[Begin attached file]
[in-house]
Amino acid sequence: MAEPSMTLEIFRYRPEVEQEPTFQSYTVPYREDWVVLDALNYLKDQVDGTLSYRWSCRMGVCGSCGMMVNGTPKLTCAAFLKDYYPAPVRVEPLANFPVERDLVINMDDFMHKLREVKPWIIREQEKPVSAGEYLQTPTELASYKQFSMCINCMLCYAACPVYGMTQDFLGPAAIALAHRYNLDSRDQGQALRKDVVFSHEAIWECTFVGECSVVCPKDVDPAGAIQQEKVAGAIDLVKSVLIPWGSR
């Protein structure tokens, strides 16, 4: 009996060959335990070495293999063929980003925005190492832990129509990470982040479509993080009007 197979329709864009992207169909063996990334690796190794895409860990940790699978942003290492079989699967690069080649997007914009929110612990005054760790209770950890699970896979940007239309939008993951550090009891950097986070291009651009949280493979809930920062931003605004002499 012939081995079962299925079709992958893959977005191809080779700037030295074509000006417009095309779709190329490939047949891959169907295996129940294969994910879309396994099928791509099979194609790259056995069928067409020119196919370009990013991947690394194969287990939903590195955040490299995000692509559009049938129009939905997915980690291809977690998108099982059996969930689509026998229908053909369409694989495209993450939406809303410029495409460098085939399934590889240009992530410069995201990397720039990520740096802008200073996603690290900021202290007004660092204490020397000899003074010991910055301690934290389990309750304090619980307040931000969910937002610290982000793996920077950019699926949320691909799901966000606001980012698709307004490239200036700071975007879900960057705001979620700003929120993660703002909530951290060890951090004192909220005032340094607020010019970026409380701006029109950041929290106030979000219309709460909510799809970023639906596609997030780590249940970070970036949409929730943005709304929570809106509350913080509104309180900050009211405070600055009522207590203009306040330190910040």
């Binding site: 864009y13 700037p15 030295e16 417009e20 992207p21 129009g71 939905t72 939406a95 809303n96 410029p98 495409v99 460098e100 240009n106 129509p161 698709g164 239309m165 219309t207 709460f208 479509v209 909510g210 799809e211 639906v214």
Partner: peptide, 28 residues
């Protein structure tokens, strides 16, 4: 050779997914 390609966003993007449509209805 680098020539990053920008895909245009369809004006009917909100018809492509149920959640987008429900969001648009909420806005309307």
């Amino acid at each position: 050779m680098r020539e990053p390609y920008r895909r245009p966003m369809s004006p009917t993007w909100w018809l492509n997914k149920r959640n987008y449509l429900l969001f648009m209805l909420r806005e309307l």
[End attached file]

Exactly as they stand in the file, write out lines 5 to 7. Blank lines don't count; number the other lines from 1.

Partner: peptide, 28 residues
């Protein structure tokens, strides 16, 4: 050779997914 390609966003993007449509209805 680098020539990053920008895909245009369809004006009917909100018809492509149920959640987008429900969001648009909420806005309307």
């Amino acid at each position: 050779m680098r020539e990053p390609y920008r895909r245009p966003m369809s004006p009917t993007w909100w018809l492509n997914k149920r959640n987008y449509l429900l969001f648009m209805l909420r806005e309307l």